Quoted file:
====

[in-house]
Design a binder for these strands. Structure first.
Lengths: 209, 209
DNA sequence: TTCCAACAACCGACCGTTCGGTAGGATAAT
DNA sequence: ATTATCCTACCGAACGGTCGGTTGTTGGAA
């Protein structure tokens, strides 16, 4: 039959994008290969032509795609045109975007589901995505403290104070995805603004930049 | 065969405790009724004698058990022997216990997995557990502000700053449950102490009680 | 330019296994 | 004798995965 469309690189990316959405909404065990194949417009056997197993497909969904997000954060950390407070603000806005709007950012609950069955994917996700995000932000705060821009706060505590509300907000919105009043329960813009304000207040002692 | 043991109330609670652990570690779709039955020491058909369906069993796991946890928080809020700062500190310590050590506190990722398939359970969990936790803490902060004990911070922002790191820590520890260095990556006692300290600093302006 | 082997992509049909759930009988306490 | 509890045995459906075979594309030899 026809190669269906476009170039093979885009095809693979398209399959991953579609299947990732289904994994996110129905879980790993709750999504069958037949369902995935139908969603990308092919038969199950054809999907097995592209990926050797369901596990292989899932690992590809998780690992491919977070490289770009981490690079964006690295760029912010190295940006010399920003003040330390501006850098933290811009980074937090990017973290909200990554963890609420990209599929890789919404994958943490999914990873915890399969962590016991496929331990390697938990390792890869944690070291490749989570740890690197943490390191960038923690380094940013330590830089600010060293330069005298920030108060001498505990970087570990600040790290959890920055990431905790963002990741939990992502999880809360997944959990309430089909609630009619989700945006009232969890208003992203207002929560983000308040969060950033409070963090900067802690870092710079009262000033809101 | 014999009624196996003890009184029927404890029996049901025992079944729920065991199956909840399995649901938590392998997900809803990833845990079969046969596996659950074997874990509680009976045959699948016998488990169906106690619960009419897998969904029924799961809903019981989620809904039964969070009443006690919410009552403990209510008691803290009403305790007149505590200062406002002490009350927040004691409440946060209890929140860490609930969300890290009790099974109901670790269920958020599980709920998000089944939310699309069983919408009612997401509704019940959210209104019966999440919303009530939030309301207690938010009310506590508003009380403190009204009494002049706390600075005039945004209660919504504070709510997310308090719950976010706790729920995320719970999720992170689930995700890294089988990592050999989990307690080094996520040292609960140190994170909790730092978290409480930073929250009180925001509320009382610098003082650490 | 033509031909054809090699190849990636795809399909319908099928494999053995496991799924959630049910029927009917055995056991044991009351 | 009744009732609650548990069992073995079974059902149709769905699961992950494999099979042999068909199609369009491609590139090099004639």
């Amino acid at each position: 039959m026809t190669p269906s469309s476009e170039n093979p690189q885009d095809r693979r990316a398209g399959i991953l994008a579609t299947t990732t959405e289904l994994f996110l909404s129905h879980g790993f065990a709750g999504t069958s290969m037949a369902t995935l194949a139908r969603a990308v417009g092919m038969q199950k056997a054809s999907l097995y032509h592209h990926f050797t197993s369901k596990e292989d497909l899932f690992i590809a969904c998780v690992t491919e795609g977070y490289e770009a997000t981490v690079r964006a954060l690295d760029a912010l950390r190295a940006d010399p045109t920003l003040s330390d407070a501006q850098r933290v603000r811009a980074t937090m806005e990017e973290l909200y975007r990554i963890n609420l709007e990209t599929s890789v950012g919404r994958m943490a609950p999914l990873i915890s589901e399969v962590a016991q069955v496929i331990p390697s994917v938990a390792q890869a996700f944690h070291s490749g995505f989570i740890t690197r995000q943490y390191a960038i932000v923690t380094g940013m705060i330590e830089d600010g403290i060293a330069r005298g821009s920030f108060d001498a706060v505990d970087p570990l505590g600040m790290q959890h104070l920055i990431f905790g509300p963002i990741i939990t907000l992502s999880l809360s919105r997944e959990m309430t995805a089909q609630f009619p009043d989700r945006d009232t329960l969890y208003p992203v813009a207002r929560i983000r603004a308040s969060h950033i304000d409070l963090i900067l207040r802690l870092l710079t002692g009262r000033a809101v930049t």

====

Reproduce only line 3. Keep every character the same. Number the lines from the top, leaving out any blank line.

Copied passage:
Lengths: 209, 209